Decision support tools are built to take the guess work out of trade-off decisions between treatment courses. With real-world data and a user-friendly interface, decision support apps are valuable resources. They enable clinicians and patients to prioritize outcomes and establish appropriate expectations.
At the same time, decision support tools can be designed to demonstrate the degree to which device or pharmaceutical factors drive outcomes. These tools create significant value for industry stakeholders and set the stage for value-based reimbursement.
4. Clinical Trials and Registries
Registry-based clinical trials (RBCTs) set the gold standard for creating value for multiple stakeholders.
RBCTs rely on the registry’s network of participating clinicians, their patients, and the foundational registry dataset. They identify participating investigators and clinicians, facilitate patient enrollment, and support the majority of data elements required for trial completion. Registries also capture specialized clinical trial data through custom patient surveys, electronic case report forms, and data mapping.
The process ultimately leads to a clinical trial completion that is much quicker and more cost-effective than traditional methods.
Registry Data Partnership Readiness
There are a few key steps to determining your organization’s readiness for registry data partnerships with industry.
- Understand the market opportunity. To design an effective program, conduct market research to understand who would find value in your registry data, what products or therapies they have on the market, and how those products are valued.
- Assess your registry data. You’ll need to know what data in your registry would be valuable to medical device manufacturers or pharmaceutical companies. Assess those clinical situations where real-world registry data tracks either clinical practice or patient populations that can’t be easily studied via traditional trials.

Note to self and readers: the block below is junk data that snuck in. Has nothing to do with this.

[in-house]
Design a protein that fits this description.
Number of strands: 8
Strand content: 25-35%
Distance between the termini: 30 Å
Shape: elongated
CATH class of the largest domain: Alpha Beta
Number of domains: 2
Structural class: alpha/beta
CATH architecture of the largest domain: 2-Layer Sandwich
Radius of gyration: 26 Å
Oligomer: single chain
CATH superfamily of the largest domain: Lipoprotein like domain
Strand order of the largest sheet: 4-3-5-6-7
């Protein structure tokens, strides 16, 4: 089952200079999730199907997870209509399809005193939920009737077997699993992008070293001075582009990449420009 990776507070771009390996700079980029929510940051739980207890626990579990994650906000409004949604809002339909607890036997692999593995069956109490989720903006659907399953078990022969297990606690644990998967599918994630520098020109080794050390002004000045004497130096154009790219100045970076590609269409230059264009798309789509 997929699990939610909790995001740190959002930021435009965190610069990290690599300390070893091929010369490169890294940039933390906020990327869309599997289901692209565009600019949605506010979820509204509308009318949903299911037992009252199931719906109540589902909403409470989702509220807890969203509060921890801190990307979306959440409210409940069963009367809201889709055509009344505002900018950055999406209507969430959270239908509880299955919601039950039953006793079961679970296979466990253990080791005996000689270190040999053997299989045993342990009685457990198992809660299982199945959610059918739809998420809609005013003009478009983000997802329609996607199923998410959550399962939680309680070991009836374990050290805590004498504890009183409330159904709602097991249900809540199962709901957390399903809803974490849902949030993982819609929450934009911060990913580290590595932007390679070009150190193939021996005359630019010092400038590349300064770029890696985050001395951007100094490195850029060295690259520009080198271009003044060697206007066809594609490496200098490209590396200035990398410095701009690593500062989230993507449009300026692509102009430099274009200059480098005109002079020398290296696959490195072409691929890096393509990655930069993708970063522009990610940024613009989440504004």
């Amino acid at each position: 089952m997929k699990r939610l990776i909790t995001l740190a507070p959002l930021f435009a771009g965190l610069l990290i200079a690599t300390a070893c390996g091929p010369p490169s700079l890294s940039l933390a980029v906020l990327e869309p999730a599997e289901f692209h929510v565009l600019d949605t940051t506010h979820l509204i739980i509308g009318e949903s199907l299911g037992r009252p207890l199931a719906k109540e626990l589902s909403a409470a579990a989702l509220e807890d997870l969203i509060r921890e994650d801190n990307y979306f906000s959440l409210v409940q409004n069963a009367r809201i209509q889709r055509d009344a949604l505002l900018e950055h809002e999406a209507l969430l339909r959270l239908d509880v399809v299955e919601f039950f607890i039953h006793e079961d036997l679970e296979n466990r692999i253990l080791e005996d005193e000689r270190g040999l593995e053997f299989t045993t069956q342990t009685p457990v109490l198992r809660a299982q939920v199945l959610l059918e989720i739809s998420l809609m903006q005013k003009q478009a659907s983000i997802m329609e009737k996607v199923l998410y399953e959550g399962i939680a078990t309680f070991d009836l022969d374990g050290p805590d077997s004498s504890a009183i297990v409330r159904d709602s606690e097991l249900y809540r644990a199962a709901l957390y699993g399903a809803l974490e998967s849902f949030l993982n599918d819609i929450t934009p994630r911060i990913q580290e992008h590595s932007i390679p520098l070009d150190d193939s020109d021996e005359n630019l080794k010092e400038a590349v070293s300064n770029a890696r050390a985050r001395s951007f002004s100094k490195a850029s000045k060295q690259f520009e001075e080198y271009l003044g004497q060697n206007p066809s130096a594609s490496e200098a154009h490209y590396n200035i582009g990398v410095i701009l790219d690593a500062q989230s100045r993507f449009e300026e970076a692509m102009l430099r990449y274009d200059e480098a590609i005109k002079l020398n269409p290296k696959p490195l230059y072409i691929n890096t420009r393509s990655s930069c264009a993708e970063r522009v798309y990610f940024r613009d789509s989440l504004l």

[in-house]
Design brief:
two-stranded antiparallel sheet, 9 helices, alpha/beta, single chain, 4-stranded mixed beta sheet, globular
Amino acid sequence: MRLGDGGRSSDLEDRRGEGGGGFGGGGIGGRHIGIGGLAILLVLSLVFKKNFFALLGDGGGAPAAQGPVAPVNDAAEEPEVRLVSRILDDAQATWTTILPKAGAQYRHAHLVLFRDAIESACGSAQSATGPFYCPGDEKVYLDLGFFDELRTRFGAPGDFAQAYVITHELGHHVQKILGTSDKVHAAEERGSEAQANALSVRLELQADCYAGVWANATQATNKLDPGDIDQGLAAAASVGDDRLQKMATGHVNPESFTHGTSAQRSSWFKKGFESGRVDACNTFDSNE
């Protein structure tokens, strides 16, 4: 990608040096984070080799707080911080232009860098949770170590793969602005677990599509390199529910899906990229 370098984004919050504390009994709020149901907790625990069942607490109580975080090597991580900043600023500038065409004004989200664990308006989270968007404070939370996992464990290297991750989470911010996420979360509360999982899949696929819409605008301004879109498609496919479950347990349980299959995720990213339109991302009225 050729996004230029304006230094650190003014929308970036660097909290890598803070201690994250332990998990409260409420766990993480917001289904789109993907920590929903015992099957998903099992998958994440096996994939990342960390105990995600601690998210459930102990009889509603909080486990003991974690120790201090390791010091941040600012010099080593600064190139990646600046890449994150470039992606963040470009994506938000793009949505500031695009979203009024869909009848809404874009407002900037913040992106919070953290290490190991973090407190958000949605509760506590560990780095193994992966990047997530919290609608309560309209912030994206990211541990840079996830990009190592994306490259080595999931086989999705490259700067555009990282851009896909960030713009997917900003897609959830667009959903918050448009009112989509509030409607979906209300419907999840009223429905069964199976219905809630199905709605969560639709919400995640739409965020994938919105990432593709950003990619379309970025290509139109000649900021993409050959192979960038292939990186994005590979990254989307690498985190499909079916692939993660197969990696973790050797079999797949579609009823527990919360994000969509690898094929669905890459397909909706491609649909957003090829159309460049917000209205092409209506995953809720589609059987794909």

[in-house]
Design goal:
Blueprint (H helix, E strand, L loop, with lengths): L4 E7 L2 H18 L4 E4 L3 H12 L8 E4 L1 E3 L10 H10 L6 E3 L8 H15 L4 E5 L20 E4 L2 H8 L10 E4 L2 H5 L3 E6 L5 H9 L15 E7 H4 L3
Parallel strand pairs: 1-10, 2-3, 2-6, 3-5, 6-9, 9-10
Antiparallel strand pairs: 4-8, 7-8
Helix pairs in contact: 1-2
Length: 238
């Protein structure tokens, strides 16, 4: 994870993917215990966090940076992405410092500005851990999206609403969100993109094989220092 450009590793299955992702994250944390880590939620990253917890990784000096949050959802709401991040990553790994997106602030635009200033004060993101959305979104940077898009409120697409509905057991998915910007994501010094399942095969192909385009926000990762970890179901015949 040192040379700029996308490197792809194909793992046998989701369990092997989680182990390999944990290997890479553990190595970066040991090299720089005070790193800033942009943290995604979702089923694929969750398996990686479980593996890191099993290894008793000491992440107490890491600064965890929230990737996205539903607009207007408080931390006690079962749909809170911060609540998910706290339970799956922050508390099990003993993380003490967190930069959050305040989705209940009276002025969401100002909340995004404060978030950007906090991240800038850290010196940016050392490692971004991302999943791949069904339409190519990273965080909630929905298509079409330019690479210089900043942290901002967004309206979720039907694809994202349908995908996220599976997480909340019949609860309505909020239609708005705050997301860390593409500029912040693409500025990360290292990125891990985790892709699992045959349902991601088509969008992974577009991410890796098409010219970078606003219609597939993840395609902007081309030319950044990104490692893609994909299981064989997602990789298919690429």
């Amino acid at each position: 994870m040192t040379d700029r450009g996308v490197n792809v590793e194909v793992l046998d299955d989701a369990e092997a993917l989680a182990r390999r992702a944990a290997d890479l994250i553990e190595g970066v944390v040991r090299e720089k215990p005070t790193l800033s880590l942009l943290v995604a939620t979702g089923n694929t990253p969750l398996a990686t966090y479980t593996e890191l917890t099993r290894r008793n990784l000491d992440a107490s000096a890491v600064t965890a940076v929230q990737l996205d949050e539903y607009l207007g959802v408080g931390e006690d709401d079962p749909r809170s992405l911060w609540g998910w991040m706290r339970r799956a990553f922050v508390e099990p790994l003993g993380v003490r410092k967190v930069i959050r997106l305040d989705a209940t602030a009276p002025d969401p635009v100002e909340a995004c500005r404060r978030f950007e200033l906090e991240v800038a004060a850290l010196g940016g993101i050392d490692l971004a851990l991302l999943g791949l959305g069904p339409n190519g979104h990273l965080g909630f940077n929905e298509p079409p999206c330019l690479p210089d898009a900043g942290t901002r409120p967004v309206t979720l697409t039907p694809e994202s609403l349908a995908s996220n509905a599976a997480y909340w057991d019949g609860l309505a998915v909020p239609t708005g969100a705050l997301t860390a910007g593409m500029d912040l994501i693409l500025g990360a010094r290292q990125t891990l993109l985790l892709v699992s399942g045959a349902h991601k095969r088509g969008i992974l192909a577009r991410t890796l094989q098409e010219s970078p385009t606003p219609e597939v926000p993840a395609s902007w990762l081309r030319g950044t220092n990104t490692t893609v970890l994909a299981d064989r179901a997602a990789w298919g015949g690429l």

- Validate your registry data quality. Data quality is important for any registry work. Before initiating registry-based clinical trials or making de-identified registry data available to industry, you want to ensure the data quality is regulatory-grade. Achieving this requires a thorough data quality analysis to assess data integrity across dimensions such as completeness, concordance, precision, and currency.
Developing Registries for Many Stakeholders
Registries are powerful tools for effectively generating new clinical insights for key stakeholders and creating meaningful partnerships with life science companies.
These stakeholder collaborations use registries to employ valuable data tools to evaluate and improve patient outcomes, and in the process, help to further support the operations of registries and their underlying missions.
ArborMetrix offers an industry-leading, proven registry solution that meets the needs of medical device and pharma companies, medical specialty societies, and clinicians.
If you have any questions or would like to learn more about how our registry solutions can support deeper engagements with health care stakeholders, contact me at firstname.lastname@example.org.